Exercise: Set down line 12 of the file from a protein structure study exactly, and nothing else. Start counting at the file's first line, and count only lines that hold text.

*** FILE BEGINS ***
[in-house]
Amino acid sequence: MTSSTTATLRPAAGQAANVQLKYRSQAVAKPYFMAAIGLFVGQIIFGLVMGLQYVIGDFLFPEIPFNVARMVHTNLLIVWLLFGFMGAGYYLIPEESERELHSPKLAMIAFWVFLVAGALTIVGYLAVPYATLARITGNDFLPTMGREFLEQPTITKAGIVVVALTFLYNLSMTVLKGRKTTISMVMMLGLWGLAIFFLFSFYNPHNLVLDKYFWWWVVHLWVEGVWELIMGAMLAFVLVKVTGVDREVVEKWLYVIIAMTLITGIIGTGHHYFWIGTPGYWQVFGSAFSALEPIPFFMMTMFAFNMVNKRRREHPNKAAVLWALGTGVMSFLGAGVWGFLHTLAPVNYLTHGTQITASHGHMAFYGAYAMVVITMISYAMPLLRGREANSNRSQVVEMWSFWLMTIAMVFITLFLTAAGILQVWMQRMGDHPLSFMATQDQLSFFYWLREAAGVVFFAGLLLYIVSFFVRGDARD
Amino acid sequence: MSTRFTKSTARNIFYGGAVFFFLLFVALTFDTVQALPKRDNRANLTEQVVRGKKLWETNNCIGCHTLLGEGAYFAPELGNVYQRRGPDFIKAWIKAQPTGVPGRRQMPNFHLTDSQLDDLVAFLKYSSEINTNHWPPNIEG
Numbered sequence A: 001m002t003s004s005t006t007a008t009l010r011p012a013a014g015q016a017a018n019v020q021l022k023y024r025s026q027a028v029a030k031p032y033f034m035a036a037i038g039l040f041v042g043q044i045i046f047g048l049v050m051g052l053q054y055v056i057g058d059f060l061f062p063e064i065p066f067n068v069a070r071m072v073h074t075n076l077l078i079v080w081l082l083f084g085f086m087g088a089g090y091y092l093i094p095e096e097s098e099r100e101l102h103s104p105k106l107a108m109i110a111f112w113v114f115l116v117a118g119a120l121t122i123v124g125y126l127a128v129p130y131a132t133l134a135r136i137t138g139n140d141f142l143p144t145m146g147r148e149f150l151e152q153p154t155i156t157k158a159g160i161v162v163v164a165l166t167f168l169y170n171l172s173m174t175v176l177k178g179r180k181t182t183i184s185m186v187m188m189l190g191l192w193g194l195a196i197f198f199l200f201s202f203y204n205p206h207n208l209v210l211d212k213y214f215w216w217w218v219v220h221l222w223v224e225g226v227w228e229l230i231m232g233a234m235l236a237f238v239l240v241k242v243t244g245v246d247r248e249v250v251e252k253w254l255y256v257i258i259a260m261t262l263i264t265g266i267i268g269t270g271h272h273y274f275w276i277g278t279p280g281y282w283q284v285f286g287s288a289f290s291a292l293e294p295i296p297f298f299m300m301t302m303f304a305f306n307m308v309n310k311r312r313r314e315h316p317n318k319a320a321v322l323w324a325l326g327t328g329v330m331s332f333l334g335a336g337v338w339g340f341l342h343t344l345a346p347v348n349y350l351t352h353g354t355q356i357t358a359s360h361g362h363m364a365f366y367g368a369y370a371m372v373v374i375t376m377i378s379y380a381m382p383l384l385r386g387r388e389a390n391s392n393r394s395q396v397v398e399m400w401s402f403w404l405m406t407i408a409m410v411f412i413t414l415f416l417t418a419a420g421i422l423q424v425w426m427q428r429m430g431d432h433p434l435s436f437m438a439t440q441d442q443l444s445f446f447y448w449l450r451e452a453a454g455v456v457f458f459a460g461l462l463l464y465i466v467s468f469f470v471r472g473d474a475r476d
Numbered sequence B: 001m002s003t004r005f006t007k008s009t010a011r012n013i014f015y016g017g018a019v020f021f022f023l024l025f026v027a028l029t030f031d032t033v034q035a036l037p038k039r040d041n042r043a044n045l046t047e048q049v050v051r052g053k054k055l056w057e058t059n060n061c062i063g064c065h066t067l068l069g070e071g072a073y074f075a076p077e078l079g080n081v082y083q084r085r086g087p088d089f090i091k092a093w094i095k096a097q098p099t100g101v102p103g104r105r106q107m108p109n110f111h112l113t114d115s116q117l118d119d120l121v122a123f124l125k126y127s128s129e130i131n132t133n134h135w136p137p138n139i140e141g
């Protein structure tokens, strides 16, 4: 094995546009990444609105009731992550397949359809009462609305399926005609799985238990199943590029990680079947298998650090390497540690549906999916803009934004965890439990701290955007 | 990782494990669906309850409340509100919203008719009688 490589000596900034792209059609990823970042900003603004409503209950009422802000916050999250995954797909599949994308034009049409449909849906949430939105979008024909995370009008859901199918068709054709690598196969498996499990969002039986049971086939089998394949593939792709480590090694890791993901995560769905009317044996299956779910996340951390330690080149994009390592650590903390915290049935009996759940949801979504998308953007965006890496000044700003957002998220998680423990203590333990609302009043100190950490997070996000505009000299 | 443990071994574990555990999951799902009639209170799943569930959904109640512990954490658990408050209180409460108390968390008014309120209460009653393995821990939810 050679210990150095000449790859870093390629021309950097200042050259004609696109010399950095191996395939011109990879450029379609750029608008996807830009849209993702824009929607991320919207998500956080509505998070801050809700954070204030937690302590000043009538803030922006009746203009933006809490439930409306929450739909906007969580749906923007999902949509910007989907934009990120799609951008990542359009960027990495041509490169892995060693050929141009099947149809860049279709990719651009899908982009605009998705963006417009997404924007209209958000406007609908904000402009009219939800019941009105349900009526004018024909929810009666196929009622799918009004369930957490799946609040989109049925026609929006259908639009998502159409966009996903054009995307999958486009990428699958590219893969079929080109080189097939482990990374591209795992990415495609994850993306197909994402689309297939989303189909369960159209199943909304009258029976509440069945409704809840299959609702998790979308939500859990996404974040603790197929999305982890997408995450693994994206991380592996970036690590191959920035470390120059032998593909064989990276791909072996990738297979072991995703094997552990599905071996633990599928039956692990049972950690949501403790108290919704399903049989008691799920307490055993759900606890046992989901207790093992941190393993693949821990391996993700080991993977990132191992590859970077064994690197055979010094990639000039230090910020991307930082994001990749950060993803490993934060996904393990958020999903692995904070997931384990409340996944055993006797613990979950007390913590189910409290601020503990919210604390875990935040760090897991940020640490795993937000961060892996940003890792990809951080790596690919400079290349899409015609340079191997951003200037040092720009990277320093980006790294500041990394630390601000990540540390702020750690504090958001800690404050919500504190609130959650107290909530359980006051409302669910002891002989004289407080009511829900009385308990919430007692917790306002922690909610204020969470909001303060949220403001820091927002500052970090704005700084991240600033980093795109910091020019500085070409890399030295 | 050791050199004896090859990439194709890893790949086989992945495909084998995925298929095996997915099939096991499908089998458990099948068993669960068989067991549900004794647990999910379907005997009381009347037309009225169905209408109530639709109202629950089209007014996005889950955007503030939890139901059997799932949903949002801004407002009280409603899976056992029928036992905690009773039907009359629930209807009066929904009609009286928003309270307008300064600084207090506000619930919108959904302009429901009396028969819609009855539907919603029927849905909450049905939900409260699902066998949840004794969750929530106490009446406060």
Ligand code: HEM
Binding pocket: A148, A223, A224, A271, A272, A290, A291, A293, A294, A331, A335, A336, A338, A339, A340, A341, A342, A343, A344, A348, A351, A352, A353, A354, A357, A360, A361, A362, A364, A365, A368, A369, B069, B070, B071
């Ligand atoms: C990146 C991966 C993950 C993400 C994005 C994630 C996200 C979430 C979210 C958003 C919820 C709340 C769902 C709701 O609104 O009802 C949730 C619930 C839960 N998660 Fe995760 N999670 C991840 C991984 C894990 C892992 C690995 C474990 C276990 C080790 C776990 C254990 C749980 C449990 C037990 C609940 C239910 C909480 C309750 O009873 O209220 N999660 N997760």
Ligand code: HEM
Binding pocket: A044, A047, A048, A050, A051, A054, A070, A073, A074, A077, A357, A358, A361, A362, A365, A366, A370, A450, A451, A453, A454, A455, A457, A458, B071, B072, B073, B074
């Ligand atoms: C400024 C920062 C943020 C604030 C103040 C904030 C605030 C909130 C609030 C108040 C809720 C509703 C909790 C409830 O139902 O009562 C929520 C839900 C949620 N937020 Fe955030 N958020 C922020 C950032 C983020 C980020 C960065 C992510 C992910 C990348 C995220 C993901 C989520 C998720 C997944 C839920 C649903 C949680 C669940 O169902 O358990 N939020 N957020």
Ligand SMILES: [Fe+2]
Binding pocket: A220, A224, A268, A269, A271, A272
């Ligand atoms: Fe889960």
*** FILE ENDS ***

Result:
């Ligand atoms: C400024 C920062 C943020 C604030 C103040 C904030 C605030 C909130 C609030 C108040 C809720 C509703 C909790 C409830 O139902 O009562 C929520 C839900 C949620 N937020 Fe955030 N958020 C922020 C950032 C983020 C980020 C960065 C992510 C992910 C990348 C995220 C993901 C989520 C998720 C997944 C839920 C649903 C949680 C669940 O169902 O358990 N939020 N957020």